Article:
A parliamentary inquiry into the pandemic is set to look at everything from the policy of austerity to Boris Johnson’s WhatsApps, but it is possible to be too thorough and entirely miss the point, writes Chris Hirst.
There is a wonderful scene in Armando Iannucci’s The Thick of It where the hapless minister, Hugh Abbott, is caught by the press dissembling about the sale of a second home. We watch as he waits anxiously in a broom cupboard in Downing Street for word of his fate. At length, he’s told that the PM has decided, rather than sack him, there will be a public inquiry – news greeted by Abbott and his team with whoops of joy; the whole sorry story is to be kicked into the long grass and, we presume, left there to naturally decay.
This is an all-too familiar story, and as the gears of the government’s Covid-19 inquiry continue to grind, it is hard to conclude it doesn’t face a similar fate.
Many people died as a result of the pandemic, often in especially distressing circumstances, huge amounts of the nation’s wealth was spent to get us through and many of our institutions remain damaged by its consequences. Short of war, it’s hard to imagine an equivalent. An understanding of the country’s preparations and response is of the greatest consequence. Even more importantly, clear unambiguous recommendations should be made, and implemented, to ensure we do better next time; an observation so obvious it hardly needs making.
Baroness Hallett’s Covid enquiry is estimated to last around four years, having already taken a year (at least) longer than it needed to get started. In total it will take twice as long as the pandemic and about five times as long as the production, testing, manufacture and supply of the first vaccines. Urgency, it seems, has no role to play. It is difficult to believe a process of such sloth will result in action and improvement. Indeed, to believe that is even its overriding priority.
The logic is, presumably, that they must be thorough, everybody must be spoken to, all opinions heard, every avenue thoroughly explored. Who could possibly criticise being thorough?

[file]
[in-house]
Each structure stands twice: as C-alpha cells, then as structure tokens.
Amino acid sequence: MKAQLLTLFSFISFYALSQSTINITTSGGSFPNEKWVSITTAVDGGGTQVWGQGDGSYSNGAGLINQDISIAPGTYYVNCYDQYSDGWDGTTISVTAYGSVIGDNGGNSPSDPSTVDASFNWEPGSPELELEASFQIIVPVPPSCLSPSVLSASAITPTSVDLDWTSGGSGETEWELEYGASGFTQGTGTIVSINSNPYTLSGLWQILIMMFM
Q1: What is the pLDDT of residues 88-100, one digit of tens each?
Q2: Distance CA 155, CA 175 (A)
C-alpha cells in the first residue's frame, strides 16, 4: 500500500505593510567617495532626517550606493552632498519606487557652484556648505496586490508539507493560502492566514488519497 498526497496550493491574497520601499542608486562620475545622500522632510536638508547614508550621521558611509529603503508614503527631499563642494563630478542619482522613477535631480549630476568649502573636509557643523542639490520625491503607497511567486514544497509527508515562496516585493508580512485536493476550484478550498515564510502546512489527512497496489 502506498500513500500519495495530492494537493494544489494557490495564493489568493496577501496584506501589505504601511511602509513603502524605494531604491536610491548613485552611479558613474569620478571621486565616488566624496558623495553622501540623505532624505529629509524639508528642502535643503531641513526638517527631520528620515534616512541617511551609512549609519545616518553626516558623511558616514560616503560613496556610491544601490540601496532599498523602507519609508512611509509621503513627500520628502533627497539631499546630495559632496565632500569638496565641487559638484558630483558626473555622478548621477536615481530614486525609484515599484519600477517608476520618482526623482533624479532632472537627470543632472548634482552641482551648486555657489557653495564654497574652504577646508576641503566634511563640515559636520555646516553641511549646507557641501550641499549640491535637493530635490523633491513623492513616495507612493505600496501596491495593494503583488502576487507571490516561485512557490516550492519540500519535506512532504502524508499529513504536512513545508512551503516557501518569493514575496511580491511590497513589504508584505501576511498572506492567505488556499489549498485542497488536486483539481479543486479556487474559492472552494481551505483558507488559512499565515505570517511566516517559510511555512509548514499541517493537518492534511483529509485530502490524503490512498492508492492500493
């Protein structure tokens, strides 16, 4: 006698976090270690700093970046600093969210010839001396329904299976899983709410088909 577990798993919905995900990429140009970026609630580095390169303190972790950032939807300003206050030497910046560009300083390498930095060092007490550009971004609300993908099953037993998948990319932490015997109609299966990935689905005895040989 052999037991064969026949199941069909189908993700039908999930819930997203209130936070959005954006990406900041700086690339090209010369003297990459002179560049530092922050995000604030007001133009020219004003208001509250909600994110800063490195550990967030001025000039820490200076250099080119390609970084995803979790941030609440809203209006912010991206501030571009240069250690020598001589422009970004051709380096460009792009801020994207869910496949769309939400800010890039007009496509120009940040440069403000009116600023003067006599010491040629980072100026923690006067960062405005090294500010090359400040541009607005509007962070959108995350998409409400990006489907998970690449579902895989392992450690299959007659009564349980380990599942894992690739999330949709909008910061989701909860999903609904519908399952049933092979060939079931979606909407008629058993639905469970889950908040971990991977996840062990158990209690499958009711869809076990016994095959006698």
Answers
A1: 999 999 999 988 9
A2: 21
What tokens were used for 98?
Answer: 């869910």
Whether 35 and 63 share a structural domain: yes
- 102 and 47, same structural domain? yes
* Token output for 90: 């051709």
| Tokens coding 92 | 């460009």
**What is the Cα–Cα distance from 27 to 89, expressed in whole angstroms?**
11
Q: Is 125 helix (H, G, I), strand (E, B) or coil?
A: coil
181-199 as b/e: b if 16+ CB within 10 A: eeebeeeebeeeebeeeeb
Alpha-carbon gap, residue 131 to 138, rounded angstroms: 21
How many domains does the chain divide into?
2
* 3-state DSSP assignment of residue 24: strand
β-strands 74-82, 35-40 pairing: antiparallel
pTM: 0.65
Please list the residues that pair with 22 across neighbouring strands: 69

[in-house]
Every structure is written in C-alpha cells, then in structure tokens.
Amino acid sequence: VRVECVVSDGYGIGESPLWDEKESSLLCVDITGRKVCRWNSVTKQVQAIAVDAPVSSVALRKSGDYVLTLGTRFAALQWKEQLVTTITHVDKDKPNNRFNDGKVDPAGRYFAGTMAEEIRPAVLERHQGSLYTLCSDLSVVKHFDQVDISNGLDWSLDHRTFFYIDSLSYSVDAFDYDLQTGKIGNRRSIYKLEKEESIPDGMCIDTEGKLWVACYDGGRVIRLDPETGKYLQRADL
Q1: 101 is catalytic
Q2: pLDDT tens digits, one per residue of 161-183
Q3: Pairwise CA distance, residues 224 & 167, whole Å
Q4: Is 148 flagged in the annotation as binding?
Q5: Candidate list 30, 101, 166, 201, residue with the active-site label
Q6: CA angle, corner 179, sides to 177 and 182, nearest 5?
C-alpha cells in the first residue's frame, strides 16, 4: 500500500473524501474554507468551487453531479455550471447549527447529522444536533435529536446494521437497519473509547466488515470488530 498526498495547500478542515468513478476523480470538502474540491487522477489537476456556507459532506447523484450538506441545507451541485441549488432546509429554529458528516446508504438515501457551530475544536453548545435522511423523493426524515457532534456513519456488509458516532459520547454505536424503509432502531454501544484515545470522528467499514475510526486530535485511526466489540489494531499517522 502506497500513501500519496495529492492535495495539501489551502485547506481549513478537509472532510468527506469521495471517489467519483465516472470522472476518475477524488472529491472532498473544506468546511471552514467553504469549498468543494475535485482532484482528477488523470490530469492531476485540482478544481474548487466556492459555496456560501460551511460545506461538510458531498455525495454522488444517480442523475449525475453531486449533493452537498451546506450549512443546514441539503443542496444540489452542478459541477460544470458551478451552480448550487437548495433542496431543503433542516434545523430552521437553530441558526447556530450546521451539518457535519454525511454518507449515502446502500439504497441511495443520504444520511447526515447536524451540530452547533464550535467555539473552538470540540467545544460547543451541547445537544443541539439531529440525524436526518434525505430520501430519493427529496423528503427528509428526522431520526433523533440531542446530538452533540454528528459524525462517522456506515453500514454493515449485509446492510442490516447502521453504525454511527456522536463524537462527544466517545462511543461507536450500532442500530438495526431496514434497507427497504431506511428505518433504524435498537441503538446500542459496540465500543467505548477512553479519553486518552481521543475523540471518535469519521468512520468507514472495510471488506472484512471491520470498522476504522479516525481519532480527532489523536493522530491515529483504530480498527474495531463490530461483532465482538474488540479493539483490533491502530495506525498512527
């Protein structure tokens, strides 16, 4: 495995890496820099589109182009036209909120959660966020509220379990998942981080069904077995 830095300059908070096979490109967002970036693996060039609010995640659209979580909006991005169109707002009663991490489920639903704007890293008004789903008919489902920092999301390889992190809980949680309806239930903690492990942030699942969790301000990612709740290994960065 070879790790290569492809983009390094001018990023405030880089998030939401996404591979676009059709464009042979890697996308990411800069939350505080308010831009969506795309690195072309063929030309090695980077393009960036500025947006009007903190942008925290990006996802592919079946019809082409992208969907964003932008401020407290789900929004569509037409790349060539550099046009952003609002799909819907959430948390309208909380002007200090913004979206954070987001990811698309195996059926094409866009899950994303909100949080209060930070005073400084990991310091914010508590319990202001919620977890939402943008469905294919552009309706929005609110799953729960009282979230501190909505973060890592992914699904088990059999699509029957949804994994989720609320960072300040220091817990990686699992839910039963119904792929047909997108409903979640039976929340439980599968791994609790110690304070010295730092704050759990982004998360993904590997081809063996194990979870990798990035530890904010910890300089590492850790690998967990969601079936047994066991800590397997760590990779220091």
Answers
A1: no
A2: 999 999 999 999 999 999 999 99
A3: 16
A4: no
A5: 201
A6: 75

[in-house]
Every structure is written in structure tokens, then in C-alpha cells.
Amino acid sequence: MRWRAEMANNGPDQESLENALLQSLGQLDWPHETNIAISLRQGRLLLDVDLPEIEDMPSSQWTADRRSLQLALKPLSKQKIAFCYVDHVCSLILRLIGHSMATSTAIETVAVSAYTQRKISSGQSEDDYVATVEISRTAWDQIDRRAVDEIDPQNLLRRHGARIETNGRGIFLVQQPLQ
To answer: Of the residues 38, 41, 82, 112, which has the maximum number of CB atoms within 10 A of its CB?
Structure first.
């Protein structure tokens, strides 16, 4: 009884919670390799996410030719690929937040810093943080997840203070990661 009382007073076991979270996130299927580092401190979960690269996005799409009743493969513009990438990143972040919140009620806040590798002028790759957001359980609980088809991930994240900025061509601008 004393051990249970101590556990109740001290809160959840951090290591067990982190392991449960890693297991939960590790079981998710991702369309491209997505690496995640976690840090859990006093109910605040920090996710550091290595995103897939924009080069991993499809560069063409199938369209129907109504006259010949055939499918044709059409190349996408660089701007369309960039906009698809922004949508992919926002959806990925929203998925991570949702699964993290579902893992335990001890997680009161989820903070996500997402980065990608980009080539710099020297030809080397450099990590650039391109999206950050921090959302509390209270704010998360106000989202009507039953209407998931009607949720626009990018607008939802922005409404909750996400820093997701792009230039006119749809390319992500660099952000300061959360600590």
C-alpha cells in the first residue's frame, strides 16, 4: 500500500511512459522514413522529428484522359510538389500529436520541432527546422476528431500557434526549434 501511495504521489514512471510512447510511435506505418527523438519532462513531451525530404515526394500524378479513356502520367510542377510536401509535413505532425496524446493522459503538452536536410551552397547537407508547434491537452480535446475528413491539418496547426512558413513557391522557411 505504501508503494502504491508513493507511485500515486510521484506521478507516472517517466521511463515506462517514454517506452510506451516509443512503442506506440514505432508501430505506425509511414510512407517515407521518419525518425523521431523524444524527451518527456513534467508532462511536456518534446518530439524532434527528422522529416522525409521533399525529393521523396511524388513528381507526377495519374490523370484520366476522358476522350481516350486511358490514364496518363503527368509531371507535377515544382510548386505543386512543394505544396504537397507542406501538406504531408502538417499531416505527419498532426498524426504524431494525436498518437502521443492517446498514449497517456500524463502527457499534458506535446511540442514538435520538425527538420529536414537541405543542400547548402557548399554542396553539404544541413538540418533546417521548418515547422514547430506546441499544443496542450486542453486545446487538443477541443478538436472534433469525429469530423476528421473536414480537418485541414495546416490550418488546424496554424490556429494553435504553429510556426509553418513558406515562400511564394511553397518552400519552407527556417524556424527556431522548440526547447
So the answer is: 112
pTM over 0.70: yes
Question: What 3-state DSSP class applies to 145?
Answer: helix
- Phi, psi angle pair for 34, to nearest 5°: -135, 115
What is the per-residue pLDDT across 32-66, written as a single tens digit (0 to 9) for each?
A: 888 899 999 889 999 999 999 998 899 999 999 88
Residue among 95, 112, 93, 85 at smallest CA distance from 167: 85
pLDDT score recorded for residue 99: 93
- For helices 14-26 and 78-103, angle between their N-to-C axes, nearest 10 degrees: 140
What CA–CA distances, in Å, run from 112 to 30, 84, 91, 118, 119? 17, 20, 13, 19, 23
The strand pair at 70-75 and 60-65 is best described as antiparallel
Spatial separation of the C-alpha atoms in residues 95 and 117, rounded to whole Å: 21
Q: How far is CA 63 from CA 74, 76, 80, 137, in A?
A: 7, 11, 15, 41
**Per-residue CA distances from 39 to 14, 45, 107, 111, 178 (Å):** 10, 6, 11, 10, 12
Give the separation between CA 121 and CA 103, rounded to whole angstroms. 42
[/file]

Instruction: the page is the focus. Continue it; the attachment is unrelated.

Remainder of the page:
Colin Powell, the US General and statesman once said, don’t take action if you only have enough information to give you a less than 40 per cent chance of being right, but if you’ve waited until you’re more than 70 per cent certain, you’ve waited too long. People and politicians have short memories. Already the pandemic feels an age ago, fresh crises have come and gone, many more will emerge. By 2027 we’ll be nearing the end of a new parliament, the majority of ministers and officials are already no longer in post, many will no longer even be MPs. It may be satisfying to berate them from a position of hindsight, but it will do almost nothing to help us be better. And being better next time is the most important role the inquiry can play.
The process seems designed by lawyers rather than leaders; focused on quantity rather than action. And it is action we need. The lethargy of the process will inevitably translate to lethargy of implementation. By 2027 the moment will have passed. The report will be huge, thorough, erudite, studious, legally secure and yet by then almost entirely ineffective against its most important task.
Effective organisations don’t avoid failure: imperfection is inevitable. Rather they learn from it – and consequently are better next time. A learning process that lasts half a decade cannot be effective. The inquiry’s duration is a sign that its design is a subterfuge for inaction. It should proceed at the pace of a well-run boardroom, not that of a courtroom.
Society, if not the government, may feel they would like to apportion blame, but we must not conflate that with being better next time. Conclusions delivered in the 40 – 70 zone will be prompt enough to have a chance of being enacted. Conclusions that are “right”, but that lack proximity and urgency will make no difference at all.